The Unheard remind me of how deadly this alcoholism is. I flit about my day and see my friends and read people’s great and perhaps not so great days out here, but realize that The Unheard are dying. Alcoholism kills and I sometimes forget that. Alcoholic deaths are painful, ugly, messy. avoidable. Pathetic…in the sense of pathos, not miserably inadequate. Or perhaps yes to both. Alcoholism took almost everything I had. I never understood how it could, but it did. Robbed me of the things that were” givens” in my life – family, health, sanity. I would add peace of mind, but that was the thing about alcoholism – it fed off and was born of the unease, the dis-ease of the mind.
As one of The Unheard, I muted my own voice because to not do so would cause me pain and suffering. Being who I was, or who I thought I was, had brought me hurt in the past. I shut down, I played dead, I was dead. Inside. And in the end, I was praying that I would be dead. Deceased. The man with the cats. It looked attractive. They say that when animals begin to devour human beings, they start with the cheeks. Fleshy. Abundant. Survival starts with destruction of the front mask, the face.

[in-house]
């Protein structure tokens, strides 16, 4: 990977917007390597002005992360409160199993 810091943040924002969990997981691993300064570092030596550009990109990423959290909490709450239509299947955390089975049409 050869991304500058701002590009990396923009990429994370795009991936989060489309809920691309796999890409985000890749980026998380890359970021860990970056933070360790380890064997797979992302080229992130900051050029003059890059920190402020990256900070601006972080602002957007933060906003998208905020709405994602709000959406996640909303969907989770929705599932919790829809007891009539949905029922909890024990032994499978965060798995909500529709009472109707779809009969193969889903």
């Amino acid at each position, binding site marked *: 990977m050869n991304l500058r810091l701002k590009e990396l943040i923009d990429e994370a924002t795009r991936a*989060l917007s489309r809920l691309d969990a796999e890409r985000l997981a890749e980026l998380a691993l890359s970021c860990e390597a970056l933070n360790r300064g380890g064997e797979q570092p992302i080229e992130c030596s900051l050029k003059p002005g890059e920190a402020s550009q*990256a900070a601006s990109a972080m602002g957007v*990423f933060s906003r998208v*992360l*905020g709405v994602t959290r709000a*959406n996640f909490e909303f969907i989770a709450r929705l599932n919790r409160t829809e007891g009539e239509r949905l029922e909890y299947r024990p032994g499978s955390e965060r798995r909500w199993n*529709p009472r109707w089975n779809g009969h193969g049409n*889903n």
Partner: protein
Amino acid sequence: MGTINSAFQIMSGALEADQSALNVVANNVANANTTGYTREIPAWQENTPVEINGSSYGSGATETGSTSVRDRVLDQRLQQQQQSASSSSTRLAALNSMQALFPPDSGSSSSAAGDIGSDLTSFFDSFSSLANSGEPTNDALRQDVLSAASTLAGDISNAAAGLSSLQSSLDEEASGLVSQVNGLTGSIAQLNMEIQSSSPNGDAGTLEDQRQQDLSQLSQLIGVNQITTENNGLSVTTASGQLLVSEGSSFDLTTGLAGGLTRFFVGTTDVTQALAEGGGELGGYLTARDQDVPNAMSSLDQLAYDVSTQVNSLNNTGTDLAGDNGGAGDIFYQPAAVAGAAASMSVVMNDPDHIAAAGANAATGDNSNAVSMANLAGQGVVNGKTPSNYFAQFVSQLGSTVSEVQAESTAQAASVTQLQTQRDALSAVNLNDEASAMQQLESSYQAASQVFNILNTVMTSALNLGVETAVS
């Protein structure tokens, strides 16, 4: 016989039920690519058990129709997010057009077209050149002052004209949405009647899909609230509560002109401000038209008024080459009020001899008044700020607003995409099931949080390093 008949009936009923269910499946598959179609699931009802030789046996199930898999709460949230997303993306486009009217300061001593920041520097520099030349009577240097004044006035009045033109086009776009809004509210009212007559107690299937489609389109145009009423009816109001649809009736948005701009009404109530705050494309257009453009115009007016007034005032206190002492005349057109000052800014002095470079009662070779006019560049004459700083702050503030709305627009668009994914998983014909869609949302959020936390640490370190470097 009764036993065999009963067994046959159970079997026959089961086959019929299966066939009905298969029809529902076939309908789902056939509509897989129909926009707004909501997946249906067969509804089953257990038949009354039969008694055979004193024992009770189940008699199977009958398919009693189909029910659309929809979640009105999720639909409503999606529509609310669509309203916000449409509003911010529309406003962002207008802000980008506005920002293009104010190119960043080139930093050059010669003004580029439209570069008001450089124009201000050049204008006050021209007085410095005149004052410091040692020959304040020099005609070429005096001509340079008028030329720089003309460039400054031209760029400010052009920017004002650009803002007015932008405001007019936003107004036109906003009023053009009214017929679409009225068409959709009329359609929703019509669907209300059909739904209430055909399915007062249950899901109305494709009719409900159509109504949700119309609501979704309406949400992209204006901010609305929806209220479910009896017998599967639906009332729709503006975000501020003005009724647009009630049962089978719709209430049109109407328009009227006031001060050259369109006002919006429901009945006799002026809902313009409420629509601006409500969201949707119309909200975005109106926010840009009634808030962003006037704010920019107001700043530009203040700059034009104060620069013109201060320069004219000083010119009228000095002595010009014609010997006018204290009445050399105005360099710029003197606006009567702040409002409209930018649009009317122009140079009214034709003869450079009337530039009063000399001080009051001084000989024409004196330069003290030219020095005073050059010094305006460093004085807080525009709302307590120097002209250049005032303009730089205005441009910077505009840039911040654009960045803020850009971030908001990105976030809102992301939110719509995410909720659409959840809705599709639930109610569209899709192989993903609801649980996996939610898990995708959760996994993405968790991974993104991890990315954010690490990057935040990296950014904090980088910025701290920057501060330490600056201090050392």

My alcoholism was much like those untamed and unkempt animals, fed on my façade, the inauthentic me. The authentic me was drowning in the booze and self-loathing. The authentic, anointed me sat in the corner while it got fed on by the beast of burden. The Unheard in me continued to be unheard as the din of my destructive alcoholism dined on my sense of who I ought to be, not who I really and truly was. The me that the Creator designed for great things. With a purpose in mind. We all have that purpose.